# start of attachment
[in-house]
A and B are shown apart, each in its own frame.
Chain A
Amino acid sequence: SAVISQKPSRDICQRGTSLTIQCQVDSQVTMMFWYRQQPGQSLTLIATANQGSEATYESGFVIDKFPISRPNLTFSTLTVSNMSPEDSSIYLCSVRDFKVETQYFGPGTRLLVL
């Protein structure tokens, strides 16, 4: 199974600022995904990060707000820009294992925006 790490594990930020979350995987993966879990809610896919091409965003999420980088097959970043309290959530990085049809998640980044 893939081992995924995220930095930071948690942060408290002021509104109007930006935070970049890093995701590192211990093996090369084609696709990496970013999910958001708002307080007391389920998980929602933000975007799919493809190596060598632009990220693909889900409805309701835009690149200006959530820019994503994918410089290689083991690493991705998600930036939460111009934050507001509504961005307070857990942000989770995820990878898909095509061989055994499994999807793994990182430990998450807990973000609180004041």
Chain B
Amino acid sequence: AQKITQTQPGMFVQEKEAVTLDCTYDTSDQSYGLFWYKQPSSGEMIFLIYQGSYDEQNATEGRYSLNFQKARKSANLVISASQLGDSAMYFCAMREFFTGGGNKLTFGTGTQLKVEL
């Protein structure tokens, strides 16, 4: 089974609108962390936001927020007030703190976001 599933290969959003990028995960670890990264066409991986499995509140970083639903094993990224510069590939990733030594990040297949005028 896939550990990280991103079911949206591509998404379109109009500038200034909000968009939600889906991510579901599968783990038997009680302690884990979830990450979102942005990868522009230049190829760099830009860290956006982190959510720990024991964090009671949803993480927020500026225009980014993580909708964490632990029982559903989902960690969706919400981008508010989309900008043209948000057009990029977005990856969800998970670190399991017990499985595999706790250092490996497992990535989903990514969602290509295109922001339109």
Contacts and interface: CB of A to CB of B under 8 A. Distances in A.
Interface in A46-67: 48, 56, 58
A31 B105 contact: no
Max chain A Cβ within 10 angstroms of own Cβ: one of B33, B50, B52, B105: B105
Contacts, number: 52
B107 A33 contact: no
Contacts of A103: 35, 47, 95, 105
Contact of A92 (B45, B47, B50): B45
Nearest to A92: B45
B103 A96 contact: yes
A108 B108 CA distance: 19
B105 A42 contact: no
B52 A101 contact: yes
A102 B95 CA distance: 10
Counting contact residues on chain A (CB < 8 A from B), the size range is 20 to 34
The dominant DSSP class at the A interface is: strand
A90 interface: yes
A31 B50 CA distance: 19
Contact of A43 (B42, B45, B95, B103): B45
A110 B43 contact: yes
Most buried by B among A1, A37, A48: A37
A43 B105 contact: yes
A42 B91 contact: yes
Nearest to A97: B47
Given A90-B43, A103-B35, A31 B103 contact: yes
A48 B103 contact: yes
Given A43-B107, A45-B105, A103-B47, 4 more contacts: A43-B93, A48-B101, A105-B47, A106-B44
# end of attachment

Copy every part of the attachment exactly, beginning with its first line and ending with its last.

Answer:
[in-house]
A and B are shown apart, each in its own frame.
Chain A
Amino acid sequence: SAVISQKPSRDICQRGTSLTIQCQVDSQVTMMFWYRQQPGQSLTLIATANQGSEATYESGFVIDKFPISRPNLTFSTLTVSNMSPEDSSIYLCSVRDFKVETQYFGPGTRLLVL
């Protein structure tokens, strides 16, 4: 199974600022995904990060707000820009294992925006 790490594990930020979350995987993966879990809610896919091409965003999420980088097959970043309290959530990085049809998640980044 893939081992995924995220930095930071948690942060408290002021509104109007930006935070970049890093995701590192211990093996090369084609696709990496970013999910958001708002307080007391389920998980929602933000975007799919493809190596060598632009990220693909889900409805309701835009690149200006959530820019994503994918410089290689083991690493991705998600930036939460111009934050507001509504961005307070857990942000989770995820990878898909095509061989055994499994999807793994990182430990998450807990973000609180004041």
Chain B
Amino acid sequence: AQKITQTQPGMFVQEKEAVTLDCTYDTSDQSYGLFWYKQPSSGEMIFLIYQGSYDEQNATEGRYSLNFQKARKSANLVISASQLGDSAMYFCAMREFFTGGGNKLTFGTGTQLKVEL
């Protein structure tokens, strides 16, 4: 089974609108962390936001927020007030703190976001 599933290969959003990028995960670890990264066409991986499995509140970083639903094993990224510069590939990733030594990040297949005028 896939550990990280991103079911949206591509998404379109109009500038200034909000968009939600889906991510579901599968783990038997009680302690884990979830990450979102942005990868522009230049190829760099830009860290956006982190959510720990024991964090009671949803993480927020500026225009980014993580909708964490632990029982559903989902960690969706919400981008508010989309900008043209948000057009990029977005990856969800998970670190399991017990499985595999706790250092490996497992990535989903990514969602290509295109922001339109």
Contacts and interface: CB of A to CB of B under 8 A. Distances in A.
Interface in A46-67: 48, 56, 58
A31 B105 contact: no
Max chain A Cβ within 10 angstroms of own Cβ: one of B33, B50, B52, B105: B105
Contacts, number: 52
B107 A33 contact: no
Contacts of A103: 35, 47, 95, 105
Contact of A92 (B45, B47, B50): B45
Nearest to A92: B45
B103 A96 contact: yes
A108 B108 CA distance: 19
B105 A42 contact: no
B52 A101 contact: yes
A102 B95 CA distance: 10
Counting contact residues on chain A (CB < 8 A from B), the size range is 20 to 34
The dominant DSSP class at the A interface is: strand
A90 interface: yes
A31 B50 CA distance: 19
Contact of A43 (B42, B45, B95, B103): B45
A110 B43 contact: yes
Most buried by B among A1, A37, A48: A37
A43 B105 contact: yes
A42 B91 contact: yes
Nearest to A97: B47
Given A90-B43, A103-B35, A31 B103 contact: yes
A48 B103 contact: yes
Given A43-B107, A45-B105, A103-B47, 4 more contacts: A43-B93, A48-B101, A105-B47, A106-B44